By Constance Meju
Oil producing communities in the Niger Delta, tired of crying unsuccessfully for attention from governments despite trillions of naira specifically allocated to the area by the federal government, want the federal government to re-route the 13 % derivation fund direct to communities.
Ranking state governments very low in the delivery of social amenities to oil and gas communities, respondents to a recent survey findings on usage of the fund in four Niger Delta states of Akwa Ibom, Bayelsa, Delta and Rivers states, lamented that even though they bear the high impact of oil exploration activities, there is barely evidence of development in their areas and very basic social services like water, healthcare facilities, light, public transportation, education opportunities are lacking while their youth struggle with a very high level of unemployment.
The new position contained in the “Report of Survey on the Use of 13% Derivation Fund by Selected Niger Delta State” anchored by Kebetkache Women Development and Research Center, Port Harcourt with funding from the Ford Foundation revealed that although state governments were mandated to establish special organ to specifically manage the community fund, only Delta State from the four studied, set up the Oil Mineral Producing Communities Commission, DESOPADEC and even that has performed far below expectation manifesting gross corruption.
The respondents accused the state governments of misappropriating the fund and neglecting the very people it is meant to serve.
The research looked at how the derivation fund from 1999-2012 has been used, what impact it has had on oil communities, examine institutions established to manage it and examine people’s views on how to make governance of the fund transparent and accountable to the people.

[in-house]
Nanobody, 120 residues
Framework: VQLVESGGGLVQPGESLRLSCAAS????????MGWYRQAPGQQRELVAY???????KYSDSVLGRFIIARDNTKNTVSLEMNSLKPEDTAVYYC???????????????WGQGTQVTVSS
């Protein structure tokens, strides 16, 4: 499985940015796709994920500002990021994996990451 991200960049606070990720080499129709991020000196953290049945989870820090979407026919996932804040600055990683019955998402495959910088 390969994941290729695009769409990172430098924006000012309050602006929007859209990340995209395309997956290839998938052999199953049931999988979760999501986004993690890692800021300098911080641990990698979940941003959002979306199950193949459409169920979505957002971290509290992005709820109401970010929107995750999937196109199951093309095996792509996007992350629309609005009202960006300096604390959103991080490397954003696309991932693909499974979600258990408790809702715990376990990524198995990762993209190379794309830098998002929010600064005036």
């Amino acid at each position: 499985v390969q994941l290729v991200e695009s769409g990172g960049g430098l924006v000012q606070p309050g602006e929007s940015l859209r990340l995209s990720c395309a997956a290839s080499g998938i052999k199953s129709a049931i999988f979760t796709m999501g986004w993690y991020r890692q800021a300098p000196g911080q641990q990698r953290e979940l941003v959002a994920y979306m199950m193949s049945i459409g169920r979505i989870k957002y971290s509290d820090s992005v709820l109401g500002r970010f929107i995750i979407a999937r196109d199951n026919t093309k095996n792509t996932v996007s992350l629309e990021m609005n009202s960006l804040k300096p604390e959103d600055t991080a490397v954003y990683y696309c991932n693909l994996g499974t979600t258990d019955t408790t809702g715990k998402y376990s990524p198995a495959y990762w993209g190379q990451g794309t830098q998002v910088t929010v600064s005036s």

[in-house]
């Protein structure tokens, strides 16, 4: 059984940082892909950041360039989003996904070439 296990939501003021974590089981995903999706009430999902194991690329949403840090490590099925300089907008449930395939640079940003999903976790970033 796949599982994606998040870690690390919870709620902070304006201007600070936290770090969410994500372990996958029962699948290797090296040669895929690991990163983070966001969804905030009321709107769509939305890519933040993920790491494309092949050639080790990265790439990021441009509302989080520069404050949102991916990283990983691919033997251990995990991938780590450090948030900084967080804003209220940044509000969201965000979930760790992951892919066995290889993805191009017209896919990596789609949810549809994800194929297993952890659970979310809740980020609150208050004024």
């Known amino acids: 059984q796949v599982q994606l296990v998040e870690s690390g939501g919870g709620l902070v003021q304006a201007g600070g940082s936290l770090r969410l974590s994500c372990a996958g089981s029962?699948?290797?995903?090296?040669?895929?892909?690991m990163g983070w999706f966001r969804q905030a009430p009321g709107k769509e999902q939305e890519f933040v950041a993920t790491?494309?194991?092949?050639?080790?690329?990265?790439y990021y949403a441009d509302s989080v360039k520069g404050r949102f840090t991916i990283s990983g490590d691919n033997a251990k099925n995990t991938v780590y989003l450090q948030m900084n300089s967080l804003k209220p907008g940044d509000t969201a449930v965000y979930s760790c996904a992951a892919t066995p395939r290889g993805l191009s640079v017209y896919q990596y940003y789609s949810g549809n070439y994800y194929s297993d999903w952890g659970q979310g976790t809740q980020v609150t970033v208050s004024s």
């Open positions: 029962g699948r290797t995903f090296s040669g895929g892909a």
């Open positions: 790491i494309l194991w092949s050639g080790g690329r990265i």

Two local governments, the host of the state capital and an oil producing local government areas were picked from each of the four states for the study with 100 respondents per state.
Following the outcome of the study which showed deep dissatisfaction with the state governments, the survey charged government at all levels to make concerted efforts to improve on the provision of infrastructure and social facilities to the citizenry, noting that it is the duty of government to improve live. It further stated, “the effectiveness and quality of public goods and services affect how the citizenry perceive the State as essential, indispensible, useful or otherwise”.
Most of the oil producing communities do not have potable water even with the high incidents of pollution in the region.
The survey outcome was validated at the Ford Foundation headquarters, Lagos, last November and the study team leader was Prof Sofiri Peterside of the University of Port Harcourt.